141

Description

Seen from the top, six table-cut rubies in box settings create a cross formation that surrounds the raised bezel composed of two addorsed stags cradling a cabochon emerald with their antlers. Entwined is blue strapwork and miniature apples in pale green. The shoulders are ornately enameled in opaque white, translucent green, dark blue, and black enamel. In the center of the D-shaped hoop is a small table-cut emerald. This truly remarkable Renaissance ring displays all the characteristics of opulent goldsmith work of the period. As the emblem of Diane de Poitiers, mistress of King Henry II, the stag is in keeping with the spirit of the Fontainebleau court. For this reason, and based on the sources of the design, the ring is probably French.

This truly remarkable Renaissance ring displays all the characteristics of opulent goldsmith work of the period. Its design echoes ornamental prints by French engraver René Boyvin (1525–1598) and goldsmith Pierre Woeiriot (1532–1599). In the latter’s Livre d’anneaux d’orfevrerie of 1561, animal heads protrude from the bezel on a design for a watch ring (Church 2011, fi g. 43), and in a ring in Waddesdon Manor, addorsed fi gures of children support a central stone in a similar pyramidal silhouette (Boardman/Scarisbrick 1978, p. 75). As the emblem of Diane de Poitiers, mistress of King Henry II, the stag is in keeping with the spirit of the Fontainebleau court. For this reason, and based on the sources of the design, the ring is probably French.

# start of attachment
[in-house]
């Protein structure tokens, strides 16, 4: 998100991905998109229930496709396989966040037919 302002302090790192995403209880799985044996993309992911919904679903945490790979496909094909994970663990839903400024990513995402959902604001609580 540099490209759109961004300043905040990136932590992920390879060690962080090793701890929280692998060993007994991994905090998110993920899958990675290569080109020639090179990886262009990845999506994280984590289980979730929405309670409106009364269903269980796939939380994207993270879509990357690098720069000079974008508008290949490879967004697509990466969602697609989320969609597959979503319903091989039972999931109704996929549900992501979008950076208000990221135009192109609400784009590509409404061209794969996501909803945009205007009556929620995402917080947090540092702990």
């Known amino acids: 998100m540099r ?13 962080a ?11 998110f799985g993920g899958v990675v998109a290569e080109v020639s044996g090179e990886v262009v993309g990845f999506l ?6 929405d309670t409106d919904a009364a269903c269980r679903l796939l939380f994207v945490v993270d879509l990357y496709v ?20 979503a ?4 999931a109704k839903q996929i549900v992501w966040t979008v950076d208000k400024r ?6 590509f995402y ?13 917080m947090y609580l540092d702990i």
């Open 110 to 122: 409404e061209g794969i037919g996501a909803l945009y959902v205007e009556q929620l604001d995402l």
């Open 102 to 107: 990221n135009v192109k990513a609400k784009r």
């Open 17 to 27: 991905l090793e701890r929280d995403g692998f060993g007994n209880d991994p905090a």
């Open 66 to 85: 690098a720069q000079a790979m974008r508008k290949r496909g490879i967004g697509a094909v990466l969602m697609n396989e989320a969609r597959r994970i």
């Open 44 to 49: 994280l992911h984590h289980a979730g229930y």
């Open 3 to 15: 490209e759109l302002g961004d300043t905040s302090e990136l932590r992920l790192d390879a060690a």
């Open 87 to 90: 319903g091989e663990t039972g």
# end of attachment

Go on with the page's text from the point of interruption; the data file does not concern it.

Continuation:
Provenance:

Paris, Ernest Guilhou (1844–1911); London, Ralph Harari (1893–1969); London, Diana Scarisbrick Collection (1928–).

Published:

De Ricci 1912, no. 1419 [with an opal]; Sotheby and Co. [Guilhou] 1937, no. 752b, Pl. XXVI; Boardman/Scarisbrick 1978, p. 75, no. 177 and cover ill. [with a crystal]; Scarisbrick 1993, p. 65; Scarisbrick 2007, fi gs. 332-3.

R-885

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